This note was originally published
at 8am on February 10, 2011.
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“The world is not dangerous because of those who do harm, but because of those who look at it without doing anything.”
One of the most influential books that I have read in the last few years has been “Einstein: His Life and Universe” by Walter Isaacson. I say most influential because it fortified something within me that the best teams I played on took to battle every day on the ice. Courage.
If you are going to play this globally interconnected game of risk management at the highest level, you need to have the confidence and courage to play it with everything you’ve learned. You have to trust yourself and your process. You have to accept its weaknesses. You have to maintain opposing thoughts in your mind and remain calm.
You also have to be able to challenge accepted dogma, groupthink, and consensus when you have an opposing point of view.
Now that America’s Almighty Central Planner has laid down the Keynesian consensus, it’s time to take this puck right to the net on him and show the crowd what’s going on in this world outside of the bubbles that Ben Bernanke admits he never realizes he’s in:
To recap, Bernanke’s conclusions in his testimony before Congress yesterday were as follows:
- US Monetary Policy doesn’t affect Global Inflation
- US Inflation is benign
- US Dollars are “relatively attractive”
Let’s go through these in reverse order, given that’s how I’d weight the risk implied by a man with this amount of power who looks at the world right now without doing anything:
1. US Dollar – after a +1.3% three-day recovery ahead of Bernanke’s testimony, the US Dollar Index dropped immediately following his aforementioned comments and is now down for the 6th out of the last 7 weeks. The world’s currency market votes on credibility real-time.
With the US Dollar being bearish across all 3 of our core risk management durations (TRADE, TREND, and TAIL)… and without any respect or support from the manipulator of the world’s reserve currency, I don’t see why we shouldn’t be modeling a probable scenario analysis for another US Dollar crisis (i.e. a retest of its prior lows).
2. US Inflation – while Bernanke did point out that central banks hold more than 60% of their foreign currency reserves in US Dollars, he forgot to remind himself that “the Dollar is used in 85% of all foreign exchange transactions worldwide.” (Barry Eichengreen, “Exorbitant Privilege”)
Furthermore, there isn’t one major asset class in the world right now that implies that inflation expectations are low. Sure, the Fed’s compromised and conflicted calculation of inflation is benign, but we’re not willing to accept that as gospel. Here’s three ways to look at inflation:
A) Bonds – US Treasury and Emerging Market bonds have been going straight down, literally, since QG2 was introduced at the beginning of November of 2010. Inflation is bad for bonds. Bernanke is implying the entire global bond market has this wrong.
B) Stocks – Emerging Market stocks have been getting absolutely crushed since QG2 in November, 2010 and in the US stock market there’s a huge sector performance divergence embedded in the SP500 that is also inflationary. The S&P Energy Sector (XLE) is the best sector of the 9 we track for 2011 YTD at +7.51%, while the S&P Consumer Staples Sector (XLP) is the worst at +0.75% YTD. Ben, who is taking it in the margin? Bingo, the American consumer.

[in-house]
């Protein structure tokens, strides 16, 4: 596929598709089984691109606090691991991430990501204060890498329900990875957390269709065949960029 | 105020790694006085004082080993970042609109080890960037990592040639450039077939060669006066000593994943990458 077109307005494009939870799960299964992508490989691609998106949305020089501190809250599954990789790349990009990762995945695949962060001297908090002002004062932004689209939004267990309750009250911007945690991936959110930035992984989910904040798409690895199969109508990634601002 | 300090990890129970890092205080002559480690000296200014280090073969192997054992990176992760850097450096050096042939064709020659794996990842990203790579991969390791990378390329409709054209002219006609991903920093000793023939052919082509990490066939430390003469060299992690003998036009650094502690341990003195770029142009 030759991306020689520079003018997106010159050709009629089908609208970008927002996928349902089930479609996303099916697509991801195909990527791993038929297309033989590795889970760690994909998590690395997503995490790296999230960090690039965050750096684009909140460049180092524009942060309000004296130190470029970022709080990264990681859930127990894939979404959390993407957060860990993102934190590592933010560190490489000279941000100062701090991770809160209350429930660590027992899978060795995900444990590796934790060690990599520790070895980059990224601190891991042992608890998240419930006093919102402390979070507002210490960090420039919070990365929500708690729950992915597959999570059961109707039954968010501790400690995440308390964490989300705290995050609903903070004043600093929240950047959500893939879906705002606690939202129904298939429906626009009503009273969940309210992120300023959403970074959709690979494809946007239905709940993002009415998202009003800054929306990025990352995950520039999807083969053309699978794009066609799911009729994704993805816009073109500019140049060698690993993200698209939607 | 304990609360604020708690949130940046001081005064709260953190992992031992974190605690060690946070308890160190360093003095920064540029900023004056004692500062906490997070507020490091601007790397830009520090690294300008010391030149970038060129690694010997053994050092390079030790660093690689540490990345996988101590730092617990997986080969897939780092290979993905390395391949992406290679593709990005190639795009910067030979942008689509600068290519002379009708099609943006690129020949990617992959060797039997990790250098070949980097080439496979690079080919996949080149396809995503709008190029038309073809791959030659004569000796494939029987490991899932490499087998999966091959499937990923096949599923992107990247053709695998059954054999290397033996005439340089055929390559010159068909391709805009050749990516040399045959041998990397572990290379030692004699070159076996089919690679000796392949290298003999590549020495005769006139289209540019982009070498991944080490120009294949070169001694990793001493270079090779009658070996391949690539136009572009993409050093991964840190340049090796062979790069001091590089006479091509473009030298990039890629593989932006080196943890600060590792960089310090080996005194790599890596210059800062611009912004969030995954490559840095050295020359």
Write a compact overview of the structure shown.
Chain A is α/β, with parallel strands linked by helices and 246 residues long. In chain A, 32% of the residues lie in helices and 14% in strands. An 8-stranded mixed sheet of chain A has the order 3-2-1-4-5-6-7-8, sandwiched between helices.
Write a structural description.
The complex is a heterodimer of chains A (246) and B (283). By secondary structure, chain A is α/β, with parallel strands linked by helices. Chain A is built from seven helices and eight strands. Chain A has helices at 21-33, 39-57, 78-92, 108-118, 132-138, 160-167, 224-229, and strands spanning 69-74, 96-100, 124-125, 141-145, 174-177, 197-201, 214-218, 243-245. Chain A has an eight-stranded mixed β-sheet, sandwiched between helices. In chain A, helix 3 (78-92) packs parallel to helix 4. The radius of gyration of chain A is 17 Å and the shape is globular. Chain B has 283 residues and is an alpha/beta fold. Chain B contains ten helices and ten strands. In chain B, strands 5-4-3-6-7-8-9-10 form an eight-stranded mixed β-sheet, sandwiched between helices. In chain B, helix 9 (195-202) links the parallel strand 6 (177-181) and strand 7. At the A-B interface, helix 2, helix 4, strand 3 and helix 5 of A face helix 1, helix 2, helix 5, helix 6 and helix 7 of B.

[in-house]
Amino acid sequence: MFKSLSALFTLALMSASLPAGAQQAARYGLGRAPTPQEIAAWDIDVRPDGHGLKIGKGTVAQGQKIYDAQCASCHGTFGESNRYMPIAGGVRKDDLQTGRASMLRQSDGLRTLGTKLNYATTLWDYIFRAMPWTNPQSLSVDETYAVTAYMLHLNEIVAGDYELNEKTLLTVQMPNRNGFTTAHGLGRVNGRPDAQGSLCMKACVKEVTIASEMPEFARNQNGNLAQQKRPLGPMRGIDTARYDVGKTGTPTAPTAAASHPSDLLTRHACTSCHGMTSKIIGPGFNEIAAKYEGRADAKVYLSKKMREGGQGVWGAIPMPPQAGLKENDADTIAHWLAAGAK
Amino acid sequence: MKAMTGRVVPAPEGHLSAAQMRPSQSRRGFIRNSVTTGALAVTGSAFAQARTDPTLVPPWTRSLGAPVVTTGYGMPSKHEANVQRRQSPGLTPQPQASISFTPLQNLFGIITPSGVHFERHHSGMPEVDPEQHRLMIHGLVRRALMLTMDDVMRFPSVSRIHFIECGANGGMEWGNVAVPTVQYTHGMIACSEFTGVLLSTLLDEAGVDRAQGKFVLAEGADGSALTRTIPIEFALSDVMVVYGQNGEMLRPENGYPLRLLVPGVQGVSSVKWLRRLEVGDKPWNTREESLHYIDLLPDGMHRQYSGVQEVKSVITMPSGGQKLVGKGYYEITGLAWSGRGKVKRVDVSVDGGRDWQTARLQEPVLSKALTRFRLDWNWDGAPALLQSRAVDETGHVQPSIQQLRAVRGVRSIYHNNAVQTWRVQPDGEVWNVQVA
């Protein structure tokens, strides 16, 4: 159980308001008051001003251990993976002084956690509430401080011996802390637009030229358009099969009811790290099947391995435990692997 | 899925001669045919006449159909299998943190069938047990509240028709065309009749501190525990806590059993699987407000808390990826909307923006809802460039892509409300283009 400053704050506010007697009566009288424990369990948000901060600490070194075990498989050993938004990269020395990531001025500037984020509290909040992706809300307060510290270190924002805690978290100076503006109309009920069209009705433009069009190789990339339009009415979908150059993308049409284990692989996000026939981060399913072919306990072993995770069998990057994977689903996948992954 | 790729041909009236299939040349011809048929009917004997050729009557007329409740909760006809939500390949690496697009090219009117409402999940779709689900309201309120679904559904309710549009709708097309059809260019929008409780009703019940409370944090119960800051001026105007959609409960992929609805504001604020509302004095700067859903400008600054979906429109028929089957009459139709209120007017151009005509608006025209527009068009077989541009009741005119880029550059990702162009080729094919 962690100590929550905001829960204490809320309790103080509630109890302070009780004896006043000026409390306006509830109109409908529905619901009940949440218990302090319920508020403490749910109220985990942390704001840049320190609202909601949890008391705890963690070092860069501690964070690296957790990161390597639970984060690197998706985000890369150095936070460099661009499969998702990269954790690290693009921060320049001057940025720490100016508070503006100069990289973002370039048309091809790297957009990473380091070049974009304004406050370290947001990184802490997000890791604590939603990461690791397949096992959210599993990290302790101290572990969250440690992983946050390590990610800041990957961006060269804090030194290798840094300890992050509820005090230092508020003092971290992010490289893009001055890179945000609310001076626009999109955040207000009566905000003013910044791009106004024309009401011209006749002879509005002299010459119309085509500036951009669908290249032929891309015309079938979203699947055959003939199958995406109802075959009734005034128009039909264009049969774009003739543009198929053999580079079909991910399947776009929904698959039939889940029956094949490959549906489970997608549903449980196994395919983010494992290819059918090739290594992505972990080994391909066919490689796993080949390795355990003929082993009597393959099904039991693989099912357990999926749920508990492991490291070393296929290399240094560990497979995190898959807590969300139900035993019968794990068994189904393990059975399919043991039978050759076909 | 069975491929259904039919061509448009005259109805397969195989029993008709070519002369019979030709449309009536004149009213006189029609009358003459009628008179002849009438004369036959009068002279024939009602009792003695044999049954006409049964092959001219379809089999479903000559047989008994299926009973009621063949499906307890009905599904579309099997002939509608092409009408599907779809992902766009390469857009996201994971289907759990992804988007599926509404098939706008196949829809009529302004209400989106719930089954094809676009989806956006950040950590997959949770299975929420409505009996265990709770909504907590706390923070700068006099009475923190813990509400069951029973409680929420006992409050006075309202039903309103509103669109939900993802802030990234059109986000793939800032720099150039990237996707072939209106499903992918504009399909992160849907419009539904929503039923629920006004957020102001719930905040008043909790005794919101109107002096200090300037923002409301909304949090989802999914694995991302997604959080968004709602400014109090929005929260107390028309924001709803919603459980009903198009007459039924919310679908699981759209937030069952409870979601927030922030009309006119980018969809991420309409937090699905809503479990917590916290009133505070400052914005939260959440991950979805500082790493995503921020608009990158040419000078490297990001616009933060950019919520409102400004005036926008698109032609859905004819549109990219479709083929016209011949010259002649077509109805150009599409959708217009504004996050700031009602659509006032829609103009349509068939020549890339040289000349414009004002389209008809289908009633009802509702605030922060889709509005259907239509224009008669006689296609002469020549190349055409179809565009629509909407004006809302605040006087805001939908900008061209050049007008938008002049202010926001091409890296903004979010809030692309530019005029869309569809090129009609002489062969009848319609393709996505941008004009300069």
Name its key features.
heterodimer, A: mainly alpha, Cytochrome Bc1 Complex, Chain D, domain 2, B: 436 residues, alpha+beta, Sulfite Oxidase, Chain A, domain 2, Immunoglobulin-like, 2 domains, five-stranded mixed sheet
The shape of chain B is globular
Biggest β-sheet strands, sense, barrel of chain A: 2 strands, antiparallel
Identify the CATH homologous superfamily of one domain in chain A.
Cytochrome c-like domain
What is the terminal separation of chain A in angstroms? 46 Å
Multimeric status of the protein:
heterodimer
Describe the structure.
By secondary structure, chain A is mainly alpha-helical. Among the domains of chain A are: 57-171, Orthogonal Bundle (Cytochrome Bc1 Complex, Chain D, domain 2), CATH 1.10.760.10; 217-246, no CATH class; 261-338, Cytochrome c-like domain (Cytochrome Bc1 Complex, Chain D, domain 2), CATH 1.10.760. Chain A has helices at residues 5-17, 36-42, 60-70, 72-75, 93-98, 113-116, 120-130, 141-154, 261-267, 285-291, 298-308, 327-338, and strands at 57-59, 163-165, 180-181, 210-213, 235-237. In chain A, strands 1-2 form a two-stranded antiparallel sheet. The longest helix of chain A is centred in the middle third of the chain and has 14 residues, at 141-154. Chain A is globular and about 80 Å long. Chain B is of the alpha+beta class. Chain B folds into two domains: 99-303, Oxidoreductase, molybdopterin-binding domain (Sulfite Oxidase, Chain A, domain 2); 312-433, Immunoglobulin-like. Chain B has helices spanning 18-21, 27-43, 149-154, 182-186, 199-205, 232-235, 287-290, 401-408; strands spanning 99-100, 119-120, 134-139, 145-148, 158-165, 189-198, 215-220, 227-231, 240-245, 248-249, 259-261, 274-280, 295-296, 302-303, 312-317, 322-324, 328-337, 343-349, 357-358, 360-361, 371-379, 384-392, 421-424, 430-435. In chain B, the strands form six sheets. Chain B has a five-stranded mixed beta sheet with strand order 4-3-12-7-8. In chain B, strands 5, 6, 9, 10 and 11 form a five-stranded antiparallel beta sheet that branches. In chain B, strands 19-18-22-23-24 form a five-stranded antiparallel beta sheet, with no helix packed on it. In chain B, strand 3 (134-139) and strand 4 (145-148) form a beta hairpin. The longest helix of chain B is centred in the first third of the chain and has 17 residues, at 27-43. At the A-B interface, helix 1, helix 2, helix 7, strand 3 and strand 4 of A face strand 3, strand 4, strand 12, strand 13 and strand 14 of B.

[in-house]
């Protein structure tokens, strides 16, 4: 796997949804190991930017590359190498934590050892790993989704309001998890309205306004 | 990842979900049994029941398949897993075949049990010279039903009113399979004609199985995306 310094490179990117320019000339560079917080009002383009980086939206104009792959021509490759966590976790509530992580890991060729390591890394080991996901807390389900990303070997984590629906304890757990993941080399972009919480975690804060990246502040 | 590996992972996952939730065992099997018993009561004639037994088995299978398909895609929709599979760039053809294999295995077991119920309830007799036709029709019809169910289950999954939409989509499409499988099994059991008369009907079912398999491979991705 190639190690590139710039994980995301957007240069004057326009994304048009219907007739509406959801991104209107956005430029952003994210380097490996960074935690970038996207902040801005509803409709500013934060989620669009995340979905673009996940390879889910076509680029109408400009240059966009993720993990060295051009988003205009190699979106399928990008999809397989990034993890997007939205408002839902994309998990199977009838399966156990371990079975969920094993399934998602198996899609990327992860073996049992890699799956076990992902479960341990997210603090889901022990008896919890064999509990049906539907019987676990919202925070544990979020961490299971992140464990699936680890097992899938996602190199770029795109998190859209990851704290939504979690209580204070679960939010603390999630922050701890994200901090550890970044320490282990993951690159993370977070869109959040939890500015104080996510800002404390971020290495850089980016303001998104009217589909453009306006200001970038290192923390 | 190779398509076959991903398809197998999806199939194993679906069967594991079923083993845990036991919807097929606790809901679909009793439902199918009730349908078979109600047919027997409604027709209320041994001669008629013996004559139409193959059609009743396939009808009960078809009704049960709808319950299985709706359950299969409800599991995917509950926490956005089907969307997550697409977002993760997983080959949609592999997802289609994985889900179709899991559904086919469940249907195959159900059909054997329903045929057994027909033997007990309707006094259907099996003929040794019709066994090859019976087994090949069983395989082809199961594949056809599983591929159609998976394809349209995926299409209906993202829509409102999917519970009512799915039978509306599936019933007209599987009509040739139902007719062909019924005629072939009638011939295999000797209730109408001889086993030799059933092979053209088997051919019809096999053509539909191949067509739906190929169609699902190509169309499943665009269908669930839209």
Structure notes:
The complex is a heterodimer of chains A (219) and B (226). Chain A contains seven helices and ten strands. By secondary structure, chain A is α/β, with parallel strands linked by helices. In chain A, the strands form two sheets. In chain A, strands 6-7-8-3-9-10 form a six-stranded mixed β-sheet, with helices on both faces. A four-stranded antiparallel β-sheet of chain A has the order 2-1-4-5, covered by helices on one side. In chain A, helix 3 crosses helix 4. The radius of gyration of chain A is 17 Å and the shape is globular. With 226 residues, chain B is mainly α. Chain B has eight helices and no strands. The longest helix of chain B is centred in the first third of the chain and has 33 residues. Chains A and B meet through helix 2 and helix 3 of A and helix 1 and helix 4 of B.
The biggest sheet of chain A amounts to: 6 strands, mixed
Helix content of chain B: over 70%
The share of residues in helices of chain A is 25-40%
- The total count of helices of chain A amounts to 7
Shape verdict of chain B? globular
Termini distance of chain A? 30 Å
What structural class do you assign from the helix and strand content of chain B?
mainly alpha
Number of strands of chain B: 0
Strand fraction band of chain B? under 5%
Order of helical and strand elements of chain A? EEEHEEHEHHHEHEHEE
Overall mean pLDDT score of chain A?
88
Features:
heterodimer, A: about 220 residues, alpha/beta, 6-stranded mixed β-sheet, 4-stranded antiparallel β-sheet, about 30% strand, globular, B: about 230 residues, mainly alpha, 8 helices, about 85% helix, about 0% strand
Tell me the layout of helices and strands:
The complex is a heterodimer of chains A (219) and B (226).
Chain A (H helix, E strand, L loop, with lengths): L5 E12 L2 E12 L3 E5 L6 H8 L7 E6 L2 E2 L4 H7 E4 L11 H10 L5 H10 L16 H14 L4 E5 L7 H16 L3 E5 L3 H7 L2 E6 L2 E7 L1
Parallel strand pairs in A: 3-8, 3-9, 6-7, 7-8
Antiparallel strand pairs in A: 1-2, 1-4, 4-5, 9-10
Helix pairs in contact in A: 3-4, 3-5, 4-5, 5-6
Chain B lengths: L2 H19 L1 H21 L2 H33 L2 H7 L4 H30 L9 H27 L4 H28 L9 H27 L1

C) Corporations – Yesterday on the Coca Cola conference call (a relatively large company with a global footprint) this is what management had to say about inflation - citing bills for juice, plastics, and sweeteners, they saw a 60% ramp in cost of goods sold in the October to December period. Management went on to say that they’ll need to raise prices on beverages in the US in 2011 as it faces $300-$400M in cost increases from commodities. McDonald’s, Proctor & Gamble, and Sysco Foods have had similar comments.
3. Global Inflation – in a shining moment for his academic dogma, Bernanke blamed the highest world food prices in the history of mankind on “emerging market demand.”
All the while, almost every single Emerging Market demand signal we measure sequentially is getting hammered as Global Inflation (which is priced primarily in US Dollars) slows last year’s cyclical economic recovery. Overnight, Indian stocks traded down another -0.74% taking the BSE Sensex to down -14.9% for the YTD as concerns of Asian growth slowing continue to spread to Thailand, Philippines, and Indonesia (down -2.1%, -2.8%, and -1.3%, respectively).
Pakistan, which is the world’s 6th largest population (so we think worthy of considering in light of The Ber-nank’s accelerating emerging market demand thesis), saw import demand DROP from +29% year-over-year growth in December to +3.7% year-over-year growth in January. Since commodity inflation was raging in January (with the USD down for 6 of the last 7 weeks), we’d have liked to have Ben’s rebuttal to that…
Now do I have courage here or common sense? Does Ben Bernanke’s new world order of the world’s reserve currency having no impact on global prices make any sense to anyone who isn’t levered long the inflation trade? How about this concept of the USA decoupling from the Rest of the World? These are important questions that, sadly, our 112th Congress didn’t have the analytical competence or courage to ask…
The World’s Danger remains a US Central Planner’s academic dogma.
My immediate term support and resistance lines for the SP500 are now 1306 and 1336, respectively. At 11AM EST, our Macro team will be hosting a conference call on one of the latest bubbles perpetuated by the Federal Reserve’s policy of zero percent interest rates in perpetuity – Munis (email email@example.com if you’d like to participate).
Best of luck out there today,
Keith R. McCullough
Chief Executive Officer